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Politics Push China to Prioritize Economic Growth Over Reform This Year

5 Mar 2017 3:56 pm
By Mark Magnier 

BEIJING -- In a sensitive political year, China is enlisting old economic growth drivers, betting it can contain mounting financial risks and postpone some painful overhauls.

Premier Li Keqiang laid out the blueprint for the Chinese economy to the National People's Congress, acknowledging the downward slope for growth -- the "new normal" that has been the leadership's slogan for years. A small calibration of the growth target set it at "about 6.5%" rather than last year's range of 6.5%-7%.

But he made it clear that even one notch below 6.5% would be a disappointment and that it should be higher if possible.

China has been criticized by the World Bank and others for lofty growth targets that push up debt levels. Mr. Li said in his annual speech to the legislature that China has many "innovative tools and policy options" and assured the 3,000 lawmakers in Beijing's Great Hall of the People that the target is realistic.

He played down concerns over companies' debt burden, which now stands at 160% of gross domestic product, saying China has the "confidence, the ability, and the means to forestall systemic risks." He set a target for credit growth this year of 12%.

Politics dictates that economic growth take priority over any reform effort this year. The Communist Party will set a leadership slate at the end of the year for the next half-decade -- and there is little tolerance for instability that could disrupt President Xi Jinping's second-term mandate.

Mr. Li's policy address on Sunday mentioned Mr. Xi eight times, a shout-out for a serving leader only surpassed 40 years ago, when the policy speech contained 17 mentions of Mao Zedong.

The looming power shuffle has placed a premium on avoiding risk.

To keep a floor under growth, Beijing is turning to traditional sectors, despite its stated goal of shifting the economy toward services and high-tech industry.

Mr. Li offered a two-prong effort to wring more momentum from the property sector. It accounts for an estimated 15% of China's economy, but has seen distortions such as smaller cities struggling with lots of unsold apartments, while in megacities speculation has driven prices out of reach for ordinary people.

Housing, the premier told the rubber-stamp legislature, "is for people to live in."

Mr. Li said the central government plans to release more land for residential development in such cities as Beijing and Shanghai, and to help spur demand in smaller cities. He didn't elaborate; past efforts have included mortgage incentives and looser residency requirements.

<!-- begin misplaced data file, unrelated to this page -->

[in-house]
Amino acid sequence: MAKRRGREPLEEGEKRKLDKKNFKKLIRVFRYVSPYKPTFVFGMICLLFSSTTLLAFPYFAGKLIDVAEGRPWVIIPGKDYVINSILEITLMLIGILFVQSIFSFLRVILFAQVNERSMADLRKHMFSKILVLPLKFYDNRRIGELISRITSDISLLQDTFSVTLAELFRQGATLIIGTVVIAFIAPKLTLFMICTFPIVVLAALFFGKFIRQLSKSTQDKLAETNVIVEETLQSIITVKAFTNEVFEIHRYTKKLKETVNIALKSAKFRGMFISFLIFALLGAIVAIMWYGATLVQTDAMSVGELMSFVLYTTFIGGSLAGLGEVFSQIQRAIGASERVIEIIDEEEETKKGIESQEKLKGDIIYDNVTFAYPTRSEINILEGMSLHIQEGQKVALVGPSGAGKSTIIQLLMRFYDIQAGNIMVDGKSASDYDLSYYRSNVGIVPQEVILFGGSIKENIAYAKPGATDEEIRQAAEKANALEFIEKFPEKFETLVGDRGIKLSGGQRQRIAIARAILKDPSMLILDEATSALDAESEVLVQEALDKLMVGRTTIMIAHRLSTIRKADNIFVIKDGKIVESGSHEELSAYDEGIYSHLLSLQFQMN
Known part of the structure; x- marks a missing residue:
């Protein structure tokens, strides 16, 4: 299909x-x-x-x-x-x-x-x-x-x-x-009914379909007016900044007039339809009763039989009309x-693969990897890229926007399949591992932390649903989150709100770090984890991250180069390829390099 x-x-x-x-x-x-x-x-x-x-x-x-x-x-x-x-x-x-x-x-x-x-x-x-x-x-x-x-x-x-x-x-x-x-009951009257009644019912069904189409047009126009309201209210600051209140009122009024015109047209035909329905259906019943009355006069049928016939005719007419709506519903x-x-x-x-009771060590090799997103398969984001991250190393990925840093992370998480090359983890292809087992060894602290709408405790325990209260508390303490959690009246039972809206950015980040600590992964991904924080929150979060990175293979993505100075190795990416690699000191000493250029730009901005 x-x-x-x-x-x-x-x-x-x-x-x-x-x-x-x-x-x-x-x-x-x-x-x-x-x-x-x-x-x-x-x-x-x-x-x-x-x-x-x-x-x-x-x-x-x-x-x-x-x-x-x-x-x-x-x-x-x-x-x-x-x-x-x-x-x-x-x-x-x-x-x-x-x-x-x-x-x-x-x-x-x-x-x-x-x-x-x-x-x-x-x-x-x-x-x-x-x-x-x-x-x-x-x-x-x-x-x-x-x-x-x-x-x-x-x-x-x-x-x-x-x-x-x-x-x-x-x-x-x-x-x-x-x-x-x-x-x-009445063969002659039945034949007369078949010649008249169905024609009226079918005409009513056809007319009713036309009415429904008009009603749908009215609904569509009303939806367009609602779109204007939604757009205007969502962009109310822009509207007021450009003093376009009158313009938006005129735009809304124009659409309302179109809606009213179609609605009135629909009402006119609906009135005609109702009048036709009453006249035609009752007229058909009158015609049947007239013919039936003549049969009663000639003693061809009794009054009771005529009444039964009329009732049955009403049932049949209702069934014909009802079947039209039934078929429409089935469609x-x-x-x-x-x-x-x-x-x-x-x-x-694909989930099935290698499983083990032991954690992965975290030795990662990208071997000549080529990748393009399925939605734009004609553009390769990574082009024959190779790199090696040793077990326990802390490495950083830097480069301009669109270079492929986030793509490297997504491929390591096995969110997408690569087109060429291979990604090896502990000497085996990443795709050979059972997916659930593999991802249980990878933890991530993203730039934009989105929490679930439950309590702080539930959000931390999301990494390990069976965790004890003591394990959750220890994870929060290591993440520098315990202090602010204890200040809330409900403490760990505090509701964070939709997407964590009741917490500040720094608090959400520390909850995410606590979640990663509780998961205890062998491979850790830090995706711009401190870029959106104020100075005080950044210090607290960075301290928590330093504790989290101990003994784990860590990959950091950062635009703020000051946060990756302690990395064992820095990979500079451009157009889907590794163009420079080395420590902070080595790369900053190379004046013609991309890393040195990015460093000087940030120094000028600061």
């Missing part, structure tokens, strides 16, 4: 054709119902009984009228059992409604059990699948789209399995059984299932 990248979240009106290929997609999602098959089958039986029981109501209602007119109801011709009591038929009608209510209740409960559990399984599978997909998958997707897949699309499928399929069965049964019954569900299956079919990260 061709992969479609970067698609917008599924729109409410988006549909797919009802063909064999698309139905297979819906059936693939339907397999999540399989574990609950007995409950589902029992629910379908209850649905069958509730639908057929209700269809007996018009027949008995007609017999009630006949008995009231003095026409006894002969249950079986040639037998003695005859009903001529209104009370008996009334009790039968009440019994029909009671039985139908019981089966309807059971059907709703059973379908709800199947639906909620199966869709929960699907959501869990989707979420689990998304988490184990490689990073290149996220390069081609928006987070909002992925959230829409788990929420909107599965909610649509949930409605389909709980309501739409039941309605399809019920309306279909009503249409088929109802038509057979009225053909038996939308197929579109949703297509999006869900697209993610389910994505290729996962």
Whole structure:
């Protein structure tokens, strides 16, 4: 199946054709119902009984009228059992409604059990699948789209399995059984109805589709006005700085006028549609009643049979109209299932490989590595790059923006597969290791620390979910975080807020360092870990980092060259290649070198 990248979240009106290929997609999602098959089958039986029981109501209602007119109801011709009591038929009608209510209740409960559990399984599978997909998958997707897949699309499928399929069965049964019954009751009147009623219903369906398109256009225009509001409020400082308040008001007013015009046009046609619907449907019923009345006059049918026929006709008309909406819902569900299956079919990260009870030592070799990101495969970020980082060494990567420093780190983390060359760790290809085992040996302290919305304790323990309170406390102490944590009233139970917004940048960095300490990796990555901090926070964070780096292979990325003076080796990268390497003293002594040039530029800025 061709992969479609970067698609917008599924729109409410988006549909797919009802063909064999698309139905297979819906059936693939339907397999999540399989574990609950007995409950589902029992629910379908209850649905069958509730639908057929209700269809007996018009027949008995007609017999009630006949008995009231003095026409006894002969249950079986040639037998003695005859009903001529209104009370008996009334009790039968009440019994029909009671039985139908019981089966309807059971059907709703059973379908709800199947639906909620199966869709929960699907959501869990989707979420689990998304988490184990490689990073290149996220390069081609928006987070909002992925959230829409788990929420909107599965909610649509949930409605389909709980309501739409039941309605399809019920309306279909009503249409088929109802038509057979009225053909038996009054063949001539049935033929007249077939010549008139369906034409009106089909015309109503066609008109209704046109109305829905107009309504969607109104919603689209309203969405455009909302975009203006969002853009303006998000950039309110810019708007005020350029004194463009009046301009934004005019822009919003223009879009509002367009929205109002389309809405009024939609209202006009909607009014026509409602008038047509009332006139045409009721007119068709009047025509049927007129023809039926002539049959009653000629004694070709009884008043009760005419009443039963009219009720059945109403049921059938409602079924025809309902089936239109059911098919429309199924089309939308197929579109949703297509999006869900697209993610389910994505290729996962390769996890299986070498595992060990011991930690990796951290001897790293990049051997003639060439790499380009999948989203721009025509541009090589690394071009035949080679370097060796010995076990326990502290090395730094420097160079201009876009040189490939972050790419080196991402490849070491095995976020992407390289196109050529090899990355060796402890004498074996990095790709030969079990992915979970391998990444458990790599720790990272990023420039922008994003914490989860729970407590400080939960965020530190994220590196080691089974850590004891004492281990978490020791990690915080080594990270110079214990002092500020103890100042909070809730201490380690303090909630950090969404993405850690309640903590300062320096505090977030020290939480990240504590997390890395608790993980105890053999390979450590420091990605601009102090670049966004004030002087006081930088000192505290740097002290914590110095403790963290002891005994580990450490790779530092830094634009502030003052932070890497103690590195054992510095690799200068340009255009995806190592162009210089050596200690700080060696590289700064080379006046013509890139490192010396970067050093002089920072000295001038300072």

The 2017 fiscal deficit target of 3% of economic output suggested China will continue rolling out public-works projects to prop up growth. While the target matched last year's, the actual deficit in 2016 reached 3.8% of output and economists expect it will overshoot again.

On Sunday, Beijing announced several hundred billion dollars' worth of additional highway and railway projects.

Mr. Li alluded in his speech to the pain of restructuring, though he also promised to follow through on paring bloated industries.

Raising the bar for China's much-criticized overproduction of steel, he set capacity cuts of 50 million tons. He also pledged to close dozens of polluting coal plants and stop some new mine construction, in the process trimming capacity by an amount bigger than South Africa's entire annual output.

Such overhauls have been slowed by concerns of destabilizing layoffs. But especially on coal, China needs to reduce its use to fulfill its carbon-cutting promises to the United Nations.

China's labor minister pledged last week to trim another 500,000 workers from the steel and coal industries this year, compared with 726,000 workers last year.

Mr. Li didn't mention U.S. President Donald Trump, who has threatened to take China to task over its trade practices, but his shadow loomed as the premier cited challenges from rising global protectionism. In January, the Trump administration pulled out of the Trans-Pacific Partnership, all but killing the trade pact that had excluded China.

Beijing's recipe in the face of "uncertainties" about the direction of other major economies, Mr. Li said, is to push ahead with regional trade agreements. He called for rapid progress on a narrower, China-backed trade agreement, the Regional Comprehensive Economic Partnership.

The push-and-pull over economic policy has exposed divisions within the leadership. Party insiders have said Mr. Li may be moved out of the premier's position during the leadership changeover this year to make way for an official closer to Mr. Xi.

The government's information office has declined to answer questions about personnel changes or alleged differences between the two men.

Mr. Xi's own second term is all but guaranteed. But some warned that as his power expands, that also leaves him more exposed.

"In China, the more powerful you become, the more risk you take," said National University of Singapore politics professor Huang Jing. "If something goes wrong now, he gets the blame."

Write to Mark Magnier at mark.magnier@wsj.com
 

(END) Dow Jones Newswires

March 05, 2017 10:56 ET (15:56 GMT)

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